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What autism, climate change and Obama's birth certificate have in common

Myth.  A small 1998 study by Andrew Wakefield claimed to find a link between the measles, mumps, and rubella (MMR) vaccine and autism, setting off a panic that led to dropping immunization rates, and subsequent outbreaks. Since then, the study's been deemed flawed, and it's been retracted by the journal that published it. In 2004, the Institute of Medicine released a report that found no scientific evidence of a link between the MMR vaccine and autism. In September 2010, the CDC published similar results. "It's more risky for your child to not be vaccinated," says Dr. Carrie Nelson, chair of the Commission on Health of the Public and Science for the American Academy of Family Physicians. More from 12 vaccines your child needs istockphoto

(CBS) Obama doesn't have an American birth certificate, climate change isn't real and evolution is a scientific fantasy. If a recent survey is any indication, you can add the widely disproved autism vaccine link to the pile of ideas Americans love to believe regardless of the research stacked against it.

First the facts (about autism, not Obama's birth certificate which was released today).

In 1998, the British medical journal "The Lancet" published a ground-breaking article by Dr. Andrew Wakefield that purported to show a link between certain cases of autism and the vaccine for measles, mumps and rubella called MMR. Almost all children in the developed world receive the shot.

The idea caught on like wild fire with parents terrified their children could "catch" autism or angry that they had already developed it. Actress Jenny McCarthy became the most visible celebrity pushing the theory.

But future studies could not reproduce Wakefield's results and the scientific house came crumbling down. Last year, "The Lancet," recanted Wakefield's article. Ten of the study's 13 authors had already done so. In January, a British Medical Journal investigation accused Wakefield of ginning up the evidence to make his case. He has vehemently denied it.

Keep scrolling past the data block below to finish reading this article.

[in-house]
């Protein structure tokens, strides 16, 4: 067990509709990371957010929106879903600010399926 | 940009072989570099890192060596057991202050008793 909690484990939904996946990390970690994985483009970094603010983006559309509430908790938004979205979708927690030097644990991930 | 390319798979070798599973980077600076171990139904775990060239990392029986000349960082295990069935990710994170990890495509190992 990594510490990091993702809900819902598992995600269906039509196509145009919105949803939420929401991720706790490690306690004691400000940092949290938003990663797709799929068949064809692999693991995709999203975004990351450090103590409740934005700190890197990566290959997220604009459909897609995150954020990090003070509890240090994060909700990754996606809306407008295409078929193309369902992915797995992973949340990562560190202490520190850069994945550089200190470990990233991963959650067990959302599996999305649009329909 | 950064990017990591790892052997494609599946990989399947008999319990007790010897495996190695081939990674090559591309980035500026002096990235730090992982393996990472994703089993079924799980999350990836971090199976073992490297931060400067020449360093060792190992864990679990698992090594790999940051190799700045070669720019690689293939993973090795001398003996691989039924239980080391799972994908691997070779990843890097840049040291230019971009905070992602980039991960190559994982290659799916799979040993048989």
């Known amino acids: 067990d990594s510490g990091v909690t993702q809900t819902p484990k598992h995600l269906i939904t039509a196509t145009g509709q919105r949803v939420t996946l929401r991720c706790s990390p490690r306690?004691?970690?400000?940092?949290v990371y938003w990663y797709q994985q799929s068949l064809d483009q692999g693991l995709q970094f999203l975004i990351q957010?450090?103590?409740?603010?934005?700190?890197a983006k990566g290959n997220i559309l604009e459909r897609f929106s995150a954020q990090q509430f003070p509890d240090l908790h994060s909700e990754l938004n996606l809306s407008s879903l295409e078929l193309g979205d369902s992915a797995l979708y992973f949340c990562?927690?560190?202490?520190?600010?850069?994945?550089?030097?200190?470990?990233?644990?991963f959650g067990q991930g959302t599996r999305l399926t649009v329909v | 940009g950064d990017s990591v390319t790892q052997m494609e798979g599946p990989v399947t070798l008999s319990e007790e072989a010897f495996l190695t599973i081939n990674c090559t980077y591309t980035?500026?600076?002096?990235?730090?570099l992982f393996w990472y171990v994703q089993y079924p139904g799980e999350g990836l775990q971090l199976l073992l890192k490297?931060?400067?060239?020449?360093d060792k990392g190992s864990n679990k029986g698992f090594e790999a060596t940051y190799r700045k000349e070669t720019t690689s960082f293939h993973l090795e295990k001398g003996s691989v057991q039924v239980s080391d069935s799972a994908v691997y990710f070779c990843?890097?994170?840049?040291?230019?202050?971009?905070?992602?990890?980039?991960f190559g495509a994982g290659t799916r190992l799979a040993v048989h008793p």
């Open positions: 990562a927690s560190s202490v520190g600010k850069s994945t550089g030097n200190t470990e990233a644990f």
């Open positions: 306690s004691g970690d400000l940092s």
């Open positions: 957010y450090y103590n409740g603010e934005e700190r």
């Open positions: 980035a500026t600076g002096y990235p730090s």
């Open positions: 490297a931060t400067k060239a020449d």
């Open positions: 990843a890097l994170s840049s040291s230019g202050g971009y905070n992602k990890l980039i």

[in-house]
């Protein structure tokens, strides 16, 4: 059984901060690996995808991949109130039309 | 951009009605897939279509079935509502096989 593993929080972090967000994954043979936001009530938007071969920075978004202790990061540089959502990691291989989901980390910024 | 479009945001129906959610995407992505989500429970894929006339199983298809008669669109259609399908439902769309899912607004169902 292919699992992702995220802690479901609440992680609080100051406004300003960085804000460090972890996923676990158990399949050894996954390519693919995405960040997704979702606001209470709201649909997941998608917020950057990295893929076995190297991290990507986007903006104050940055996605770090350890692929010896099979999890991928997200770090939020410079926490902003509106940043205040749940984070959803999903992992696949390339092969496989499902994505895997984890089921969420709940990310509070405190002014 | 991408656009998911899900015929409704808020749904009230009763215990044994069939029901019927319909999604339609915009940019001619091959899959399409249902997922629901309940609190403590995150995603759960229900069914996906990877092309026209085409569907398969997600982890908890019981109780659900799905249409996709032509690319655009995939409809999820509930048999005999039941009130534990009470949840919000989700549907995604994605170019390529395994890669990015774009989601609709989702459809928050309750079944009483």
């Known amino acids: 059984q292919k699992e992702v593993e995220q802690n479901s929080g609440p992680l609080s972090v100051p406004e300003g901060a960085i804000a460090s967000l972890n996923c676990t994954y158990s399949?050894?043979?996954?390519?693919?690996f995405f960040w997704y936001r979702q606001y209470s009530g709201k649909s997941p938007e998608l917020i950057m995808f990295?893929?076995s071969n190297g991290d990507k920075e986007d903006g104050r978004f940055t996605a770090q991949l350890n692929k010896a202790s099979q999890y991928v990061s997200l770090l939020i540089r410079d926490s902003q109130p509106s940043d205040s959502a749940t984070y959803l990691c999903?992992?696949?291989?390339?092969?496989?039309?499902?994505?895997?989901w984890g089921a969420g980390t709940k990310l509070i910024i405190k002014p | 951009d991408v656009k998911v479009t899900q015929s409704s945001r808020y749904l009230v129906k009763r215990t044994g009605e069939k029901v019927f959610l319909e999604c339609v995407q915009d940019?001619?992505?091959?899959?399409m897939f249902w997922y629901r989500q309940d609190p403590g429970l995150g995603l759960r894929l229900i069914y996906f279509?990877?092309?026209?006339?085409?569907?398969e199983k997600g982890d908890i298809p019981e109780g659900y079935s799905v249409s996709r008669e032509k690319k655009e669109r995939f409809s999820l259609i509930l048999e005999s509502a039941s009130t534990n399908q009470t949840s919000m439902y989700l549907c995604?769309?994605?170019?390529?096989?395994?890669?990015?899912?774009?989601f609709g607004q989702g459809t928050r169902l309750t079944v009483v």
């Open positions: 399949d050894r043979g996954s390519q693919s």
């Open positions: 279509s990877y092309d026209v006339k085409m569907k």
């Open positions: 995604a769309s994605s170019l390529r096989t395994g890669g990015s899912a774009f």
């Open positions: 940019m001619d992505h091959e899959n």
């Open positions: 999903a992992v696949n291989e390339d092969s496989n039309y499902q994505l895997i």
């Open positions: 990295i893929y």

It turns out many parents still believe his theory. A recent University of Michigan public opinion survey on vaccines found 65 percent of parents trusted other parents who felt vaccines had harmed their children. Twenty four percent also put some trust in celebrities like McCarthy on the issue.

"I don't understand why when a celebrity says something about which they have no training, that is reported more than someone who has done rigorous scientific training," study author Gary Freed told Time.

The news isn't all bad. Most parents, 76 percent, said they trusted a doctor's advice first, which we presume is based on scientific evidence.

The government estimates more than 30,000 kids will be diagnosed with autism spectrum disorder this year. That number has been climbing over the decades, although it's not clear if the diagnosis has broadened, doctors are more sensitive to the condition or its prevalence is growing. Symptoms can range from problems with social interaction to significant delays in language and learning ability. In some cases, obsessive interests and compulsive behaviors are present. Symptoms typically appear before the age of three and last a life time. For many "on the spectrum" early intervention and specialized education can make a huge difference.

As for Obama's birth certificate, no amount of education seems to make a dent. Only 28 percent of GOP voters in a February poll believed the president was born in America. And evolution? Forty percent of Americans still aren't buying that one either.

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